Measuring Air Quality in Broiler Breeder Houses in Georgia
Volume 14, Issue 2 - December 2021
Editor: Executive Director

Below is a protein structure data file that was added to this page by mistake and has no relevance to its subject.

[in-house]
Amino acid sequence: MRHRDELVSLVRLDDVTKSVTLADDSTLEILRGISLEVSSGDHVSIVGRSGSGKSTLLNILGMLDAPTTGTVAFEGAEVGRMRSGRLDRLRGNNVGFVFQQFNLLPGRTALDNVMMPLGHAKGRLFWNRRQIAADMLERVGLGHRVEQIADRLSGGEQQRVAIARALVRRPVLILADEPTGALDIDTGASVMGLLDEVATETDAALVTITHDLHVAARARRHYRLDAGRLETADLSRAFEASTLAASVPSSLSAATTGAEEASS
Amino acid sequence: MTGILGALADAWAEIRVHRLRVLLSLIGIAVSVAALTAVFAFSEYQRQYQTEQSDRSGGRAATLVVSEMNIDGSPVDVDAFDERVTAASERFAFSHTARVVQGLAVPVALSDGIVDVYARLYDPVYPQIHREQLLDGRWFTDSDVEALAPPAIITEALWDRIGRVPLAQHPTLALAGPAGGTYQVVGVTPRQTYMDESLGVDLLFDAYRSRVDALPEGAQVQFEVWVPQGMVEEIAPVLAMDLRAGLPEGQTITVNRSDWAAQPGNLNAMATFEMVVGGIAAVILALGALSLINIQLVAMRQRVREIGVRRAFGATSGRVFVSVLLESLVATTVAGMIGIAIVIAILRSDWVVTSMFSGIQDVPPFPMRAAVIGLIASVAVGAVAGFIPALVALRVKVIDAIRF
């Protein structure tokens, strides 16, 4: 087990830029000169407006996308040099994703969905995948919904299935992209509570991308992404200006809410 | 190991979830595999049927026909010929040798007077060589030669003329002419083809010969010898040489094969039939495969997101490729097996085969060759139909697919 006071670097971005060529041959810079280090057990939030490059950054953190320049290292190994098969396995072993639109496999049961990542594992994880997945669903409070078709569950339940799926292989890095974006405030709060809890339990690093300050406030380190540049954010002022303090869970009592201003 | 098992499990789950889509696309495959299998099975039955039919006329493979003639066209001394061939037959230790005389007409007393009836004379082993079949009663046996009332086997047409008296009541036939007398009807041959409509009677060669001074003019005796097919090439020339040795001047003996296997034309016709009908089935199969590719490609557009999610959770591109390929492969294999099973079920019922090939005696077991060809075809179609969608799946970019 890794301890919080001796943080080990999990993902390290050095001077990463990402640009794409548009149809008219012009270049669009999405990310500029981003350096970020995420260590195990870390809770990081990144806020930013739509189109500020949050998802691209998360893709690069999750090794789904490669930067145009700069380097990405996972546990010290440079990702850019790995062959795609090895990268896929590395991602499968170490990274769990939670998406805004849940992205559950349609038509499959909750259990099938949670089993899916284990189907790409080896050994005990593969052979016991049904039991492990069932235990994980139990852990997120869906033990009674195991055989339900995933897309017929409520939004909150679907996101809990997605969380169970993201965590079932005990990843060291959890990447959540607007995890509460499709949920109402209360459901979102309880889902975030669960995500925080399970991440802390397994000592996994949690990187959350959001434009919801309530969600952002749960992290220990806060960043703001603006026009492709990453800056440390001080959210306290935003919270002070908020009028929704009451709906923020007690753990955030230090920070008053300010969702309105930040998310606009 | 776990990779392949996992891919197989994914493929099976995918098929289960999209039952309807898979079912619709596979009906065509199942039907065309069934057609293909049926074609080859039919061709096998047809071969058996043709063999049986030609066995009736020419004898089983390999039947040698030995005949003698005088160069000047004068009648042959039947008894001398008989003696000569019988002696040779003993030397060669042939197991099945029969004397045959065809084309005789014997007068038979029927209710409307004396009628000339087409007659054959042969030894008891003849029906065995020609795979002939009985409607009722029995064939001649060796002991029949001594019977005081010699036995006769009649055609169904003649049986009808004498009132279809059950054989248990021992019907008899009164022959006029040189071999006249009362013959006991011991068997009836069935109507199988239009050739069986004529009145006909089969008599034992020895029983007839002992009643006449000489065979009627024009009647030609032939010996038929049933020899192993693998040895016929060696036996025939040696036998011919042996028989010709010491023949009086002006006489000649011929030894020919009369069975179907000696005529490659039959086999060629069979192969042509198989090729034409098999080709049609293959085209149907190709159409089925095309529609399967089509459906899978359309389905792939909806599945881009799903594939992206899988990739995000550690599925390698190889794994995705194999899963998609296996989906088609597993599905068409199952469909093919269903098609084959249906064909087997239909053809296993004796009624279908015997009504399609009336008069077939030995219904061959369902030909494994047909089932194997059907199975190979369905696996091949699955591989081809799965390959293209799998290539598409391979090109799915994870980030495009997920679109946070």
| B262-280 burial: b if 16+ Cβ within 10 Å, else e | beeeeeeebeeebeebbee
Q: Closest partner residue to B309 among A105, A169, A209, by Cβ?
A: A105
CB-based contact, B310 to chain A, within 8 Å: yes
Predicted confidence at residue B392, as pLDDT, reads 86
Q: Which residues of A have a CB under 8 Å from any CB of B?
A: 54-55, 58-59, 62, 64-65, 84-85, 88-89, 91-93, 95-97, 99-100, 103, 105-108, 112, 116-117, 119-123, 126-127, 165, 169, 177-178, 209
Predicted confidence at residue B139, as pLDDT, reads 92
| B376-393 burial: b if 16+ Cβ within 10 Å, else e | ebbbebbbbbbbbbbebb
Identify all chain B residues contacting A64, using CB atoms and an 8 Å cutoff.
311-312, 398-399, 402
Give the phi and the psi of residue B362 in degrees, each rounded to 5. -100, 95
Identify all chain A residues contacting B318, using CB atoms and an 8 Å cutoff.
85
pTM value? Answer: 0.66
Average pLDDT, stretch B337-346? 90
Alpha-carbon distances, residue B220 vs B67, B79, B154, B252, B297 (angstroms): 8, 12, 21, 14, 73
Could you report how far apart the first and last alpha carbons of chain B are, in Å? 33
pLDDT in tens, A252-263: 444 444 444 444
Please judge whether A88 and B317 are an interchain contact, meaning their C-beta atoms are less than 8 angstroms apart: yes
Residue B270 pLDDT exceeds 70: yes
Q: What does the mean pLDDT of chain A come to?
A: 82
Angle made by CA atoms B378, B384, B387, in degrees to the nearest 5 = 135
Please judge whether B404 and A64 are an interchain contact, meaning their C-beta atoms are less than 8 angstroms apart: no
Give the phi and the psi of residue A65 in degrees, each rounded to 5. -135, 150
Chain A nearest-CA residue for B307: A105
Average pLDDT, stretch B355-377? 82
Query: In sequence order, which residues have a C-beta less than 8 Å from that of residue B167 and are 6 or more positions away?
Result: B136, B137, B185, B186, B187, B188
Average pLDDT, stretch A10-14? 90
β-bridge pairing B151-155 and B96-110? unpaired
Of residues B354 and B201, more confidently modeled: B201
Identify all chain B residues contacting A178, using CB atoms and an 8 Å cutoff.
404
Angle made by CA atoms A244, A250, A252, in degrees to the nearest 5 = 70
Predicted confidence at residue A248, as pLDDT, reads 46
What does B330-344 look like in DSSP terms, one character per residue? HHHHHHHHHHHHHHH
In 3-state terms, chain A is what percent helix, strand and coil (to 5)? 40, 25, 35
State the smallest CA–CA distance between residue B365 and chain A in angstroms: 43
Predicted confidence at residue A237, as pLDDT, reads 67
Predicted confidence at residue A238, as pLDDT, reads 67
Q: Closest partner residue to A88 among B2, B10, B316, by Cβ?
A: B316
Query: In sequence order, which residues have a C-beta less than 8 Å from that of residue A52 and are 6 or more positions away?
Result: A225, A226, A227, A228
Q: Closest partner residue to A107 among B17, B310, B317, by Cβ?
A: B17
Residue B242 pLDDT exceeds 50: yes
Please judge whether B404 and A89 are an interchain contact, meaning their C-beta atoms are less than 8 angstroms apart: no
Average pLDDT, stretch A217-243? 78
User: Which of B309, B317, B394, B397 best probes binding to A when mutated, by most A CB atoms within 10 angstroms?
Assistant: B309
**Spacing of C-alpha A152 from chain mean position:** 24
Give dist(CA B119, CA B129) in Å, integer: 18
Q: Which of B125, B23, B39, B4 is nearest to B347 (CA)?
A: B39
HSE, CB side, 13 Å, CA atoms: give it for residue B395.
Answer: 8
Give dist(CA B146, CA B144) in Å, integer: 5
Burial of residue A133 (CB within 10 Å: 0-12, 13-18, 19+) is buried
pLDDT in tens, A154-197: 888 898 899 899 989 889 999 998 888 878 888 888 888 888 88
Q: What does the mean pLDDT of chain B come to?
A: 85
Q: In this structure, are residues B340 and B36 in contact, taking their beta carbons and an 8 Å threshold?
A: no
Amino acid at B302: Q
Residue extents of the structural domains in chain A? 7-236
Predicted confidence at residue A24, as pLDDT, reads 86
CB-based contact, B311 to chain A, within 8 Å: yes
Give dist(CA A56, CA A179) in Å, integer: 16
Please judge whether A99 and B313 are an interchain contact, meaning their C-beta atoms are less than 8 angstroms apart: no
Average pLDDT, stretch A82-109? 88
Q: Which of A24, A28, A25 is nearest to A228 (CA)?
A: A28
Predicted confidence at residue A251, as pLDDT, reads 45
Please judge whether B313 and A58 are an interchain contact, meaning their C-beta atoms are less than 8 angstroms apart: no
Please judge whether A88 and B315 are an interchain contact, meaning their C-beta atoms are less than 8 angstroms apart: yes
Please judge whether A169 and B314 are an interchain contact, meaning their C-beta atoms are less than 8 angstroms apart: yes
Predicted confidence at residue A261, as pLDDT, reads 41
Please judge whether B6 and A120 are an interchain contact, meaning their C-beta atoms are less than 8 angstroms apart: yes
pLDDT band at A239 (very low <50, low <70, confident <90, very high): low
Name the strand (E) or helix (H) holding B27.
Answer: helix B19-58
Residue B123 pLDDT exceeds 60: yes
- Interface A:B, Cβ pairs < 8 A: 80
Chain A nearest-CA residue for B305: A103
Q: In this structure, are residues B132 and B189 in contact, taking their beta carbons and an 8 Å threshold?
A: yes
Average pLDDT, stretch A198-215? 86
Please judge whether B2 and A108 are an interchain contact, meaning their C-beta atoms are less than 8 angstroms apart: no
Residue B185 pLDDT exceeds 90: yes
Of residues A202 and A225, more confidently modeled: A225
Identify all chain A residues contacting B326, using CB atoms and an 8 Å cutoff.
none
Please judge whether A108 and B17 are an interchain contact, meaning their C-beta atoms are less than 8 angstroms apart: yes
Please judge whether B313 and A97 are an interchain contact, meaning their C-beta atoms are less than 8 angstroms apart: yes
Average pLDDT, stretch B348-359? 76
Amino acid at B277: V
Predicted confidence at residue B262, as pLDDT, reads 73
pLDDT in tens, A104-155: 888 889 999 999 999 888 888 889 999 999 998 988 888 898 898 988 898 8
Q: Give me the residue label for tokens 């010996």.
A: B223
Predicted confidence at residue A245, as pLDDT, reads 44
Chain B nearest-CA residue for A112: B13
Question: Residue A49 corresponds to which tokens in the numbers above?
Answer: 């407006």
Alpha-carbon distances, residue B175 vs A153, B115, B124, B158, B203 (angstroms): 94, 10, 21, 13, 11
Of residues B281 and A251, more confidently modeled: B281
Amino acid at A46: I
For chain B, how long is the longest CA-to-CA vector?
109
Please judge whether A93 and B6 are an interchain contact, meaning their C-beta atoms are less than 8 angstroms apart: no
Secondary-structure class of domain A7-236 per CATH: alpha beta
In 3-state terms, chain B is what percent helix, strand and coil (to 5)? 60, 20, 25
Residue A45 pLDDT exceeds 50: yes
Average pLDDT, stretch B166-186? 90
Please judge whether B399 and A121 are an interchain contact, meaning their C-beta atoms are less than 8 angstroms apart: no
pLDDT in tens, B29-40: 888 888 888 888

Poultry and egg production is facing a number of grand challenges associated with environmental quality and animal health. For instance, poultry workers and animals are faced with the challenge of poor air quality in the poultry houses, especially in winter time when house ventilation is limited. Recently, most studies have been focused on broiler grow-out houses and layer houses, very limited works have been conducted in commercial broiler breeder’s houses, where parent flocks produce hatching eggs for broiler chicks. The objectives of this study were to monitor the dust and ammonia levels in commercial broiler breeder houses and discuss potential influential factors. Two identical broiler-breeder houses were monitored in Southern Georgia. Results show that two houses had similar air temperature (70-82°F), relative humidity (40-80%), ammonia (8-12 ppm), and dust level (e.g., PM2.5 was about 0.5-1 mg m-3). Dust monitored at 1 ft above floor (bird level) was 50% higher than 3 ft above floor because bedding floor was the primary source of airborne dust and animals’ movement led to the increase of dust levels.
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